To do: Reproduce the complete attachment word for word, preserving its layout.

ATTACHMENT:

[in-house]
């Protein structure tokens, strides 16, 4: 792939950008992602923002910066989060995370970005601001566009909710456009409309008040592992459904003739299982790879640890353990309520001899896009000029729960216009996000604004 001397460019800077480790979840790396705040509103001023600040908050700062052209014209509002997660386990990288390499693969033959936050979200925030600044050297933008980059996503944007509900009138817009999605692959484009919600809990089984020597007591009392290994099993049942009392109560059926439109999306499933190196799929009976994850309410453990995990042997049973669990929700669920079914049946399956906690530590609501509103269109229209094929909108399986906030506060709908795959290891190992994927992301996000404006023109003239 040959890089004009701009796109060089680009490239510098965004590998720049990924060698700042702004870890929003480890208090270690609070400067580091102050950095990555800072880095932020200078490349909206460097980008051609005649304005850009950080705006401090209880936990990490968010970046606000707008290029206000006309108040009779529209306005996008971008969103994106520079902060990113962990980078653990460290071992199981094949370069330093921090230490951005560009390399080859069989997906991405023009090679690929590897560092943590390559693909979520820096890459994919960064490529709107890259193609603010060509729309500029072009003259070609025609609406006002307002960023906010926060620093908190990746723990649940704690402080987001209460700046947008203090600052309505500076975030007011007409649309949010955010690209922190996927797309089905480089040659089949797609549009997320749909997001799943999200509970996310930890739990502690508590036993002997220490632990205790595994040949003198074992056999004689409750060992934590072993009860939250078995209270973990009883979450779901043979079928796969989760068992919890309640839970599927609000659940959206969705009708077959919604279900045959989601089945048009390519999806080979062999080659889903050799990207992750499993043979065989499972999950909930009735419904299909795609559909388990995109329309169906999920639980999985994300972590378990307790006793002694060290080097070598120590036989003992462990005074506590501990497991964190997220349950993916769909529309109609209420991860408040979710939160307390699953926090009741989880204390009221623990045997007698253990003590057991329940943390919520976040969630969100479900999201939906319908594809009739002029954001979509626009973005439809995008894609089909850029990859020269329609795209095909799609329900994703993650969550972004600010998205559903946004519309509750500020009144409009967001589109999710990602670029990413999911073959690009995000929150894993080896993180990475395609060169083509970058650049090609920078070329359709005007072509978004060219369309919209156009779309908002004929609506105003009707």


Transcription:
[in-house]
């Protein structure tokens, strides 16, 4: 792939950008992602923002910066989060995370970005601001566009909710456009409309008040592992459904003739299982790879640890353990309520001899896009000029729960216009996000604004 001397460019800077480790979840790396705040509103001023600040908050700062052209014209509002997660386990990288390499693969033959936050979200925030600044050297933008980059996503944007509900009138817009999605692959484009919600809990089984020597007591009392290994099993049942009392109560059926439109999306499933190196799929009976994850309410453990995990042997049973669990929700669920079914049946399956906690530590609501509103269109229209094929909108399986906030506060709908795959290891190992994927992301996000404006023109003239 040959890089004009701009796109060089680009490239510098965004590998720049990924060698700042702004870890929003480890208090270690609070400067580091102050950095990555800072880095932020200078490349909206460097980008051609005649304005850009950080705006401090209880936990990490968010970046606000707008290029206000006309108040009779529209306005996008971008969103994106520079902060990113962990980078653990460290071992199981094949370069330093921090230490951005560009390399080859069989997906991405023009090679690929590897560092943590390559693909979520820096890459994919960064490529709107890259193609603010060509729309500029072009003259070609025609609406006002307002960023906010926060620093908190990746723990649940704690402080987001209460700046947008203090600052309505500076975030007011007409649309949010955010690209922190996927797309089905480089040659089949797609549009997320749909997001799943999200509970996310930890739990502690508590036993002997220490632990205790595994040949003198074992056999004689409750060992934590072993009860939250078995209270973990009883979450779901043979079928796969989760068992919890309640839970599927609000659940959206969705009708077959919604279900045959989601089945048009390519999806080979062999080659889903050799990207992750499993043979065989499972999950909930009735419904299909795609559909388990995109329309169906999920639980999985994300972590378990307790006793002694060290080097070598120590036989003992462990005074506590501990497991964190997220349950993916769909529309109609209420991860408040979710939160307390699953926090009741989880204390009221623990045997007698253990003590057991329940943390919520976040969630969100479900999201939906319908594809009739002029954001979509626009973005439809995008894609089909850029990859020269329609795209095909799609329900994703993650969550972004600010998205559903946004519309509750500020009144409009967001589109999710990602670029990413999911073959690009995000929150894993080896993180990475395609060169083509970058650049090609920078070329359709005007072509978004060219369309919209156009779309908002004929609506105003009707």